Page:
Vaccinium Oxycoccus / Vaccinium Macrocarpon
These sour berries look like small cherries: little red lights on a green background that provide Christmas colors beginning in late July. But there are also white cranberries. They grow in the poor acidic soil of shore regions and peat bogs and can live for over 100 years.
The word cranberry comes from the German "Kranbeere," meaning "crane berry," since when they first bloom, the flowers bend towards the ground like a crane.
Vaccinium is the ancient Latin name (having pre-Roman origins) for cranberries and blueberries. Oxycoccos is formed from the Greek "oxus" (acid), and "kokkos" (berry).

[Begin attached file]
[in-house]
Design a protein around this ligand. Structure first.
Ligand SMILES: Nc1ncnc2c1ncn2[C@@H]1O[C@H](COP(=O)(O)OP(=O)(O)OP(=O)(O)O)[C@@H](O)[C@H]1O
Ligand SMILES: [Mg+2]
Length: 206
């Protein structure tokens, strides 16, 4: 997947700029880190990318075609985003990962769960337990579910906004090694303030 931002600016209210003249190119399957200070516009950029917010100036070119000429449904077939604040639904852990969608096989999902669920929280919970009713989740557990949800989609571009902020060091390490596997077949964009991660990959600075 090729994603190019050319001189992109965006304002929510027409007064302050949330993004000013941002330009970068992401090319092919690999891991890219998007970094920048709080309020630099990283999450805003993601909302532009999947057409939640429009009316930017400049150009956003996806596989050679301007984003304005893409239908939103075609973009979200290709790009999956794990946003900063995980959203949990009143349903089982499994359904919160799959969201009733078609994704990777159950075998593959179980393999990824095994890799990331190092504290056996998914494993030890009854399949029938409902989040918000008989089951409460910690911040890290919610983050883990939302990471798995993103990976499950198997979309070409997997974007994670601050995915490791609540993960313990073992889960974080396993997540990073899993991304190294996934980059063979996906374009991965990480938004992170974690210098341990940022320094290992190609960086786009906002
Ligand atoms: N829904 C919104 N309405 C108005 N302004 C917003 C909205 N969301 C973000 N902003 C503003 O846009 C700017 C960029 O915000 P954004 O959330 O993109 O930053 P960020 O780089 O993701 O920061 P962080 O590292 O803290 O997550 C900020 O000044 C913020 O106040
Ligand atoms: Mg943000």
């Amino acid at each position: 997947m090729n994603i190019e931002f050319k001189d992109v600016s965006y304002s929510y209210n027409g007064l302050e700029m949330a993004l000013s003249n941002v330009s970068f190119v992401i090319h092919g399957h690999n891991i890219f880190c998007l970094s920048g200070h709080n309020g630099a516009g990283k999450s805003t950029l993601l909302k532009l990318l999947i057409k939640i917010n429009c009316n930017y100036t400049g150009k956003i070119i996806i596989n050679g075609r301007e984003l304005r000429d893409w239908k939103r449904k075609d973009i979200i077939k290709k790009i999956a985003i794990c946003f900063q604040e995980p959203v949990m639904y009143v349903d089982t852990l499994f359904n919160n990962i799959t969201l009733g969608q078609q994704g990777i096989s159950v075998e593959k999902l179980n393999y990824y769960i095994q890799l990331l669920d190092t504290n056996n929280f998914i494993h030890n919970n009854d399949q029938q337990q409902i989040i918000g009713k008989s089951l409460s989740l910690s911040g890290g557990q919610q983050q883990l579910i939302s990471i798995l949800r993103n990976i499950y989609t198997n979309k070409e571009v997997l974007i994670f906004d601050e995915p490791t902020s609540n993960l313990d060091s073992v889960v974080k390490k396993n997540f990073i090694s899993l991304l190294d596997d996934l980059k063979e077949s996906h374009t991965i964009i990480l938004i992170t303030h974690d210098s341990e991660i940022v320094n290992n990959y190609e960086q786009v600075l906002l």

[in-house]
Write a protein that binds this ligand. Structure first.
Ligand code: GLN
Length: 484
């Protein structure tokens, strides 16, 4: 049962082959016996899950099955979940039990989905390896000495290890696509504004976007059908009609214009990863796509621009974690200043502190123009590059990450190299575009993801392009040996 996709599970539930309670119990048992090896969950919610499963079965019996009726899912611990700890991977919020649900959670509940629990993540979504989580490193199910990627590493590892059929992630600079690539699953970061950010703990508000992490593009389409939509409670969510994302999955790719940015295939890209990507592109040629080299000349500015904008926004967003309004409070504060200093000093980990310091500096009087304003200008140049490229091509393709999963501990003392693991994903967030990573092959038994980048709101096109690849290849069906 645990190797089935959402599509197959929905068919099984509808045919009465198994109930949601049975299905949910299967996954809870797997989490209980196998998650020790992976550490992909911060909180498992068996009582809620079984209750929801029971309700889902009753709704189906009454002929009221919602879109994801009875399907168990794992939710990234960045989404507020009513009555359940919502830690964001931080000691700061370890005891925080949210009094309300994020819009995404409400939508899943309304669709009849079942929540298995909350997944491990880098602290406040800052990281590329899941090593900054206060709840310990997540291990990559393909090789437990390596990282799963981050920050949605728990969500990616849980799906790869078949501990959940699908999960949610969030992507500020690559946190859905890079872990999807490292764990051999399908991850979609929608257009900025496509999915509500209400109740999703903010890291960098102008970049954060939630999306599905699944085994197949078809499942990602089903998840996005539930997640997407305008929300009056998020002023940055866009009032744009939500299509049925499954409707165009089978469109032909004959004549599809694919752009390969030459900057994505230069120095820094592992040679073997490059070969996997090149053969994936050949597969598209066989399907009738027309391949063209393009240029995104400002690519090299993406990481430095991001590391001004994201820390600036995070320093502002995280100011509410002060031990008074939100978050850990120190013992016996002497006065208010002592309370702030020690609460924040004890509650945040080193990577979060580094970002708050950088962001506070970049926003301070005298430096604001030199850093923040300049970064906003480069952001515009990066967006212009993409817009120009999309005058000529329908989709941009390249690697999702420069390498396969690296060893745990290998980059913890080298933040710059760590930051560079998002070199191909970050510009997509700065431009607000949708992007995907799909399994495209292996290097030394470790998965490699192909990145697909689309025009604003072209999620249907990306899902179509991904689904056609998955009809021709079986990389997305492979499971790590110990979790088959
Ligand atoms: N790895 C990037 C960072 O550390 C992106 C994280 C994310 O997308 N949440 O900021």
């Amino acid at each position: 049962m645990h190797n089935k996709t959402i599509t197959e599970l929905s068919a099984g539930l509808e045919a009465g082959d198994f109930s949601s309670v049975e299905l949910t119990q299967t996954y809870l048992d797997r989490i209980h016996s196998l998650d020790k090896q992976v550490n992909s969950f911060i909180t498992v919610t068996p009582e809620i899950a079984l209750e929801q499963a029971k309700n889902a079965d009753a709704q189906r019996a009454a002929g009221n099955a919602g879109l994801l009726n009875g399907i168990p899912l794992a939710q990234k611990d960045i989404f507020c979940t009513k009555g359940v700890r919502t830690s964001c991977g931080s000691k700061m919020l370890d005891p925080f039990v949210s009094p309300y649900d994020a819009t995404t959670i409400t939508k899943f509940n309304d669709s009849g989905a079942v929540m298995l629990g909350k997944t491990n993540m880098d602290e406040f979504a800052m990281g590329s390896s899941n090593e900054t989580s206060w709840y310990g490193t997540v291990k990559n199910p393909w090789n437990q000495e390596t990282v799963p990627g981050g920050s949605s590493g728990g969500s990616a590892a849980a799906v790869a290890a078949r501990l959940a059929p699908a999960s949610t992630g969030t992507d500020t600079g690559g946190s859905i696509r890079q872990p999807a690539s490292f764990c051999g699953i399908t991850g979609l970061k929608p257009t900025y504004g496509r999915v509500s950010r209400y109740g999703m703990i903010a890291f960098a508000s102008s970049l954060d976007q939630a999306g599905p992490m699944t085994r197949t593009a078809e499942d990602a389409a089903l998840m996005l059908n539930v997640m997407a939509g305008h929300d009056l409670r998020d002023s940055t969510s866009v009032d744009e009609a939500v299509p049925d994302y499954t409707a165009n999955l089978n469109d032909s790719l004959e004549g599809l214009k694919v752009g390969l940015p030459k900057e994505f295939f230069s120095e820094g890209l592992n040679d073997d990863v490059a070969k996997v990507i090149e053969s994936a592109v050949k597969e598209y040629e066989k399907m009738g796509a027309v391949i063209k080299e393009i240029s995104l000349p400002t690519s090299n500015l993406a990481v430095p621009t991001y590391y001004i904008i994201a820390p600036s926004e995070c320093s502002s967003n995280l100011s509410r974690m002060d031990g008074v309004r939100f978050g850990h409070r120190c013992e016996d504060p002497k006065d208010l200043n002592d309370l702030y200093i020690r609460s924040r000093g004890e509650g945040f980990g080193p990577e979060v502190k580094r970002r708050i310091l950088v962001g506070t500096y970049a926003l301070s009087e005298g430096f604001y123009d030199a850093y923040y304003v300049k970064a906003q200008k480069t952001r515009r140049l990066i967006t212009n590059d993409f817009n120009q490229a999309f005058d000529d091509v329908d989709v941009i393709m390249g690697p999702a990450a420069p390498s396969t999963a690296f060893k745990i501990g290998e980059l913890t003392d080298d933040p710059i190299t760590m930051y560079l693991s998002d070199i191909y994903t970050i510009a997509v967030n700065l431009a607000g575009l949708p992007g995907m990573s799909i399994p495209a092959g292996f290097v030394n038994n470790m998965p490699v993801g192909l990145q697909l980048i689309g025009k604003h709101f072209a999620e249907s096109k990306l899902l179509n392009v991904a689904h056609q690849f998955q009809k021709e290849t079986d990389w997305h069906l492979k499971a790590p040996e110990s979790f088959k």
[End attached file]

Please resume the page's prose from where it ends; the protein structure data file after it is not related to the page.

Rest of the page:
A little history
North American Indians use the white Ungava cranberry, which they gather after the first frosts and before the first snowfall, to counteract the ill effects of overindulging in meat.
Some tribes believed the berries to be a providential gift from mythical giants who were thrown into pits. They were eventually covered over by soil that brought forth white and red berries that could be dried and strung into necklaces.
Native people also used cranberries to add flavour and vitamins to pemmican (a mixture of dried meat and fat that ensured winter survival), as a useful poultice for wounds and as a clothing dye.
Some confusion exists in Europe. This species is one of four members of the genus Vaccinium. The others are the alpine cranberry (or cowberry), the bilberry and the blueberry.
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